College classes have begun for fall semester 2018. Since fall 2011 Coastal Georgia’s School of Business and Public Management has grown from about 400 students to nearly 900 this fall. That is a compound annual rate of growth of 12.28 percent. Growth stocks should be so consistent. In this light, I would like to give you a report card on the School of Business and Public Management (SBPM).

When I came in March 2011 to interview for the dean’s position in the school, two things — which I call today the Strategic Commitments — were obvious. The first was that the community was committed to the transformation of the college to a bachelor degree granting institution. I call this Strategic Commitment 1 and was not surprised by it. What was surprising was Strategic Commitment 2. The community expected the college to be committed to transforming the community.

These commitments are not independent of each other. Clearly there are overlapping areas. My focus for today is Strategic Commitment 1.

Two things drive the development of the degrees we offer in SBPM: they must serve the needs of the community and State, and they must be differentiated from degrees that students could get at other schools. Our degrees must be useful and special.

Our first two degrees were a Bachelor of Business Administration (BBA) and a Bachelor of Science in Health Informatics (BSHI). An unusual feature of the BBA was that all of the classes were required. Students had no opportunity to study a unique area of business. This format did not easily address the needs of the market. With curriculum reform taken at the time, students can now choose a concentration for detailed study in accounting, economics, finance, leadership, marketing, management, and health care administration. As a result of the opportunity for enhanced study of an area of business, at present 68 students are choosing to study accounting and finance, two very difficult disciplines. Also, one of our young economists got a full-ride graduate scholarship to Washington University in St. Louis (one of 5 Wash-U awarded that year). This is amazing for an access institution starting its 10th year and are just two examples of student achievement. Students studying health informatics are now finding employment in major local, regional and national health systems. The BSHI, with its emphasis on computer science and data analytics is unmatched in the state.

Government agencies and nonprofits face increasing demands for their services while experiencing declining financial resources. These two opposing forces call for managers trained in business principles within the public sector world. This was the rational leading the development of the next degree — Bachelor of Science in Public Management. There is no other similar degree in the entire University System, especially with its concentration in nonprofit management and leadership. Again, our goal is to be appropriate, useful and unique.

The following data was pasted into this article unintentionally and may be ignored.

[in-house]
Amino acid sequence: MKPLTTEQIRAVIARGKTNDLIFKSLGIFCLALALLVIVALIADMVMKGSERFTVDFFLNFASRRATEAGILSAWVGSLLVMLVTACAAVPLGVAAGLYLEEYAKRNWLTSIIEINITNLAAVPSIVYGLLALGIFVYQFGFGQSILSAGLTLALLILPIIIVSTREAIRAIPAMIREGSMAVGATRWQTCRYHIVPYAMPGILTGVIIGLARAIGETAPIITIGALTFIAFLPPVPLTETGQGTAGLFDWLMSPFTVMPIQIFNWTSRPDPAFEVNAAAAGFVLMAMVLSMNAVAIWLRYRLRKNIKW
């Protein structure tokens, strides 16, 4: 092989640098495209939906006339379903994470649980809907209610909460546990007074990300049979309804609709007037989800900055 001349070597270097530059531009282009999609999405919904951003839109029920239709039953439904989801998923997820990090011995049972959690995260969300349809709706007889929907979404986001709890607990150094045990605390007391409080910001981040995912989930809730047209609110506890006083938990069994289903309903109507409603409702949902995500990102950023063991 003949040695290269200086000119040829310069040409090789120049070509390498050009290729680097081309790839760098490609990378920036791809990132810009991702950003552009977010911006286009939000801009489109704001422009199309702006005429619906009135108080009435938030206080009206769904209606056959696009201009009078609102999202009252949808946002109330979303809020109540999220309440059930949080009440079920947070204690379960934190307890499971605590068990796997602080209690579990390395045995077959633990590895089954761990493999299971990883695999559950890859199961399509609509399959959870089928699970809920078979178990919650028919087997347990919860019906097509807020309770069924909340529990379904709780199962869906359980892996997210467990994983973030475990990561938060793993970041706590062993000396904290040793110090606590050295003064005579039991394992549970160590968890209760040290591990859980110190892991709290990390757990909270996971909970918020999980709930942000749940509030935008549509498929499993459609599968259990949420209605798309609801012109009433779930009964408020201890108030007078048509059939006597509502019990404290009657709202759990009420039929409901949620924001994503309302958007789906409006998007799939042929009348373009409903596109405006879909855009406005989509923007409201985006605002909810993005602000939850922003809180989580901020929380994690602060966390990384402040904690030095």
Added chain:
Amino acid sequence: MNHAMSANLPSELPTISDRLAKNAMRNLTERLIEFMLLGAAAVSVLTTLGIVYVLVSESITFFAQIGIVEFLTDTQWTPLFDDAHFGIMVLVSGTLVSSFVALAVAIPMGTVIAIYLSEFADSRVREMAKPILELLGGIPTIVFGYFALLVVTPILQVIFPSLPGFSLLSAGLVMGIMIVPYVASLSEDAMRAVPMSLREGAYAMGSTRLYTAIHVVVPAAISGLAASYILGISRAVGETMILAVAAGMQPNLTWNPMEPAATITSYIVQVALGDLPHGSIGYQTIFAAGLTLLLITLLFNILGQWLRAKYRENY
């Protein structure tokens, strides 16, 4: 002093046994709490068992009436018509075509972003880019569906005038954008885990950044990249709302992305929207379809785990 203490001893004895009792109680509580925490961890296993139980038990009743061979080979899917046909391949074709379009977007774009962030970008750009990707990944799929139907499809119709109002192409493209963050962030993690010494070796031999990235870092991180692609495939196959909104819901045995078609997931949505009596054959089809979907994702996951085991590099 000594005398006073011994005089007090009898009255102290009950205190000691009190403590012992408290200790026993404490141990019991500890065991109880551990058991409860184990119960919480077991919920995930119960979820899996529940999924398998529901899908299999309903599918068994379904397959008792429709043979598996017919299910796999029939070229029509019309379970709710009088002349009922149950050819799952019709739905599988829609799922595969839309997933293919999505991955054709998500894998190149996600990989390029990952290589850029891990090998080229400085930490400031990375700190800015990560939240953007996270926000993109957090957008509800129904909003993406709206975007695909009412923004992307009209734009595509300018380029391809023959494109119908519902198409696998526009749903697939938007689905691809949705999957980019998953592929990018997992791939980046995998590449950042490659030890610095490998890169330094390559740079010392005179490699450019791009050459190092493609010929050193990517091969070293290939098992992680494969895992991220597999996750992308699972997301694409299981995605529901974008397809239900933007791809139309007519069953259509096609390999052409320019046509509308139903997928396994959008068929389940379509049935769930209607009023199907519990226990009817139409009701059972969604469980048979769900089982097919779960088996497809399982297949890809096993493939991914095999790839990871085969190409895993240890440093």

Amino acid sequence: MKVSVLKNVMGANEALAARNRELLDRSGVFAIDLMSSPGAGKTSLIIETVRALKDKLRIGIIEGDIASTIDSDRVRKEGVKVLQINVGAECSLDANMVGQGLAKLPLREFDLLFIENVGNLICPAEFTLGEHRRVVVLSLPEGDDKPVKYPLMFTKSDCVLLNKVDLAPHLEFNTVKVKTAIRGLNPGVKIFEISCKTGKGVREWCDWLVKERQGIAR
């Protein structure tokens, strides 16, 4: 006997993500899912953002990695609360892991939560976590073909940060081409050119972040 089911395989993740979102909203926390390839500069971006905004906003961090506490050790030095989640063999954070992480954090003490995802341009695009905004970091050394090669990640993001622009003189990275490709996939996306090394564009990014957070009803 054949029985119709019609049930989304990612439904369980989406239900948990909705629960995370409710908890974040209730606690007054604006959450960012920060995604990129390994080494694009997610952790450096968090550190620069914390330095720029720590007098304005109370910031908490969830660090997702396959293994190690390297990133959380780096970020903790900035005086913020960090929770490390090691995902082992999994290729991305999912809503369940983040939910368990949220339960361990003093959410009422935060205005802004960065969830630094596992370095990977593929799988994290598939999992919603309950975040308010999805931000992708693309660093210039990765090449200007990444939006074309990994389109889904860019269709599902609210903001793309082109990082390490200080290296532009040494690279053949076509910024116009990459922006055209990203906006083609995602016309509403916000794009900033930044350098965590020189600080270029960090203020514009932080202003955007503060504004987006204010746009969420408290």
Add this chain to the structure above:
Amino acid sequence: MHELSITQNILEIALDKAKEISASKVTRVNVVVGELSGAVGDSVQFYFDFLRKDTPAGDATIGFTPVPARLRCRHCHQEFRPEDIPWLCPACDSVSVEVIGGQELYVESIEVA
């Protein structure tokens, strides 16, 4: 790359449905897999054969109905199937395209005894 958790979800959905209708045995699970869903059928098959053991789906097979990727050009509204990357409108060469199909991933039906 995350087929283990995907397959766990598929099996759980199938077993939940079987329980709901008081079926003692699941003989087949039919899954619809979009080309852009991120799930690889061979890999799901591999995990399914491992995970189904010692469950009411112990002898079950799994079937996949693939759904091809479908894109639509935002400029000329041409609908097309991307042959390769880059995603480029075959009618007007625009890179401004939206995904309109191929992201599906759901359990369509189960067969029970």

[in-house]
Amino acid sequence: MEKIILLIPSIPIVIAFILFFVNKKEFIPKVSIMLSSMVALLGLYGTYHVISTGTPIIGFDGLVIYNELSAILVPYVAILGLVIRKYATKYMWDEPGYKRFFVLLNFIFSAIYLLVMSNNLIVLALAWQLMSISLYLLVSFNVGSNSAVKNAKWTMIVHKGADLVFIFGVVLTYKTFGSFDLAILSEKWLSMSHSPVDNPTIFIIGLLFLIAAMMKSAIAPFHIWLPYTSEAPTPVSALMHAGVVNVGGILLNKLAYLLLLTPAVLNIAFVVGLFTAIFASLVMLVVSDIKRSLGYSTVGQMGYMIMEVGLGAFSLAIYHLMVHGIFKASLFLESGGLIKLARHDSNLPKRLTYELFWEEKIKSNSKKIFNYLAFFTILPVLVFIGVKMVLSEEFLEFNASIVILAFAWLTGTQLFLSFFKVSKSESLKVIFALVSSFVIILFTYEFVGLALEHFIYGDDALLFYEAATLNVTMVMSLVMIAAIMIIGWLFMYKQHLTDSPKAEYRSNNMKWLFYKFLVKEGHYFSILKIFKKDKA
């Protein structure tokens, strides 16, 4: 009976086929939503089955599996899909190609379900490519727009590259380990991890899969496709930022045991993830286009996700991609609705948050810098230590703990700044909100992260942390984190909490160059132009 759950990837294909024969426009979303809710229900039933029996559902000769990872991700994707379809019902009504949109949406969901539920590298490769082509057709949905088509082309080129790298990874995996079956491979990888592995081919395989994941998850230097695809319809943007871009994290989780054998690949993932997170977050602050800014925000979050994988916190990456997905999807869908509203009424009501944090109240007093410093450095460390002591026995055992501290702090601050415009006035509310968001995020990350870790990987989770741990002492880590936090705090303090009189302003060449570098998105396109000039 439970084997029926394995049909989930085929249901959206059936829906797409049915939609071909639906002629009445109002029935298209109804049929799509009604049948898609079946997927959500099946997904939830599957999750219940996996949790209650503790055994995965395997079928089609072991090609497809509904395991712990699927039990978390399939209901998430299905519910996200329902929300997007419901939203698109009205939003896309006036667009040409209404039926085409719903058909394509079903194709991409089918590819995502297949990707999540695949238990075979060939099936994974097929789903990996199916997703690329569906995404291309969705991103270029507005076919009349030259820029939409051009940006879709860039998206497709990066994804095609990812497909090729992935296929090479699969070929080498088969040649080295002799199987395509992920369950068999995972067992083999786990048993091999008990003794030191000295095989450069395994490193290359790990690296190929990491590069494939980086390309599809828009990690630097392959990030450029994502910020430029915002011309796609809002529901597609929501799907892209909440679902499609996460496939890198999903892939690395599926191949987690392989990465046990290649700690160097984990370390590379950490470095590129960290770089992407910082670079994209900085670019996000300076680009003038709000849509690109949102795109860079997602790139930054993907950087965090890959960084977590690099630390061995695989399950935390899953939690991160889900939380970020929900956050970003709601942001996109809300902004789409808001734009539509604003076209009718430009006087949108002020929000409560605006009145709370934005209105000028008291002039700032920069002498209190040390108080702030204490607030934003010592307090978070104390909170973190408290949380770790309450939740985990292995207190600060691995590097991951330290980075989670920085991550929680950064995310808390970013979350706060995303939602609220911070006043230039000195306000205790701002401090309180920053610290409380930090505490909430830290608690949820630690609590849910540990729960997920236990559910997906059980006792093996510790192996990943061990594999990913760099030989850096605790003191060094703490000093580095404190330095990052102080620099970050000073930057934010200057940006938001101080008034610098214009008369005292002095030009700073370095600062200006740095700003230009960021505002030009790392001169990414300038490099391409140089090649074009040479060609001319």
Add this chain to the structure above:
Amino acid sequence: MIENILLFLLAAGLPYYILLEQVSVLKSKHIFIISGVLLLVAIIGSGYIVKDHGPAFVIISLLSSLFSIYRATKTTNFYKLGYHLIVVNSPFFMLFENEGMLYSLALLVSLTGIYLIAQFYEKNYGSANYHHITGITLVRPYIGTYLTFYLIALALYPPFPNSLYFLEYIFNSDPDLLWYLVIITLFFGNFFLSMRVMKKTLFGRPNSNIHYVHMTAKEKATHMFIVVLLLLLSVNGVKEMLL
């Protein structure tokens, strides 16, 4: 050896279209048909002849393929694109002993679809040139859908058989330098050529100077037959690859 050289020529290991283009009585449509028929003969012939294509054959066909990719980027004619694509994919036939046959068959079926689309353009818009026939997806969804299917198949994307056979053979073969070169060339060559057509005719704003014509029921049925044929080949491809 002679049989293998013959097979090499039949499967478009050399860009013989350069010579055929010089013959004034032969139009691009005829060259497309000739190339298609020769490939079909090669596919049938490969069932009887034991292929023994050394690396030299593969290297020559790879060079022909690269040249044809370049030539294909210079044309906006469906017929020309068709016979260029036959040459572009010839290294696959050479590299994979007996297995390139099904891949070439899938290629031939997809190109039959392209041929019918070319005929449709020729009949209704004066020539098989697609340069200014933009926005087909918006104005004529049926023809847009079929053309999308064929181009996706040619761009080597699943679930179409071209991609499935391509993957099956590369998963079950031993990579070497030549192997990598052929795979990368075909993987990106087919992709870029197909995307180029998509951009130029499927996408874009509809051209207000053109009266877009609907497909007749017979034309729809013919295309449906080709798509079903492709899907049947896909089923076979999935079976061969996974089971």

The next degree developed over the past 10 years is the Bachelor of Science in Criminal Justice. This is the fastest growing degree at the college and is only in its fourth year. Criminal justice students choose to study public policy, homeland security, cyber security or data analytics. Needless to say, this is a cutting edge undergraduate degree and, with our wonderful relationship with FLETC, unmatched in the Southeast if not the nation. Here our goal is simply to be the best undergraduate program in the United States.

We also teach leadership and management skills to technically trained individuals. This is only open to graduates of technical schools. One might be a heck of a welder, yet we train them to be able to lead a team of welders. Here we complement the workforce needs of the state and, again, find ourselves in a unique market position in the state.

The newest addition to our degree offerings is a Bachelor of Science in Hospitality and Tourism Management (BSHTM). We have been teaching culinary arts for years (and remain accredited by the American Culinary Federation) and do really good work. Now, with the BSHTM, we have expanded our portfolio of offerings based on our area’s truly unique leadership in the hospitality industry. There is no other similar degree in the University System. Again we are appropriate, useful and unique.

There you have it. I work with a wonderful faculty and staff that are committed to our students and community.

What grade might you give us filling Strategic Commitment 1? I give us an “I” — an incomplete. We have done a lot but we are not yet done. There is much more to come. It’s been a heck of a ride but the finish line is not yet in sight. Thank you Golden Isles for all you have done for us.

Dr. Skip Mounts is Dean of the School of Business and Public Management at the College of Coastal Georgia and an affiliate of the Reg Murphy Center of Economic and Policy Studies.

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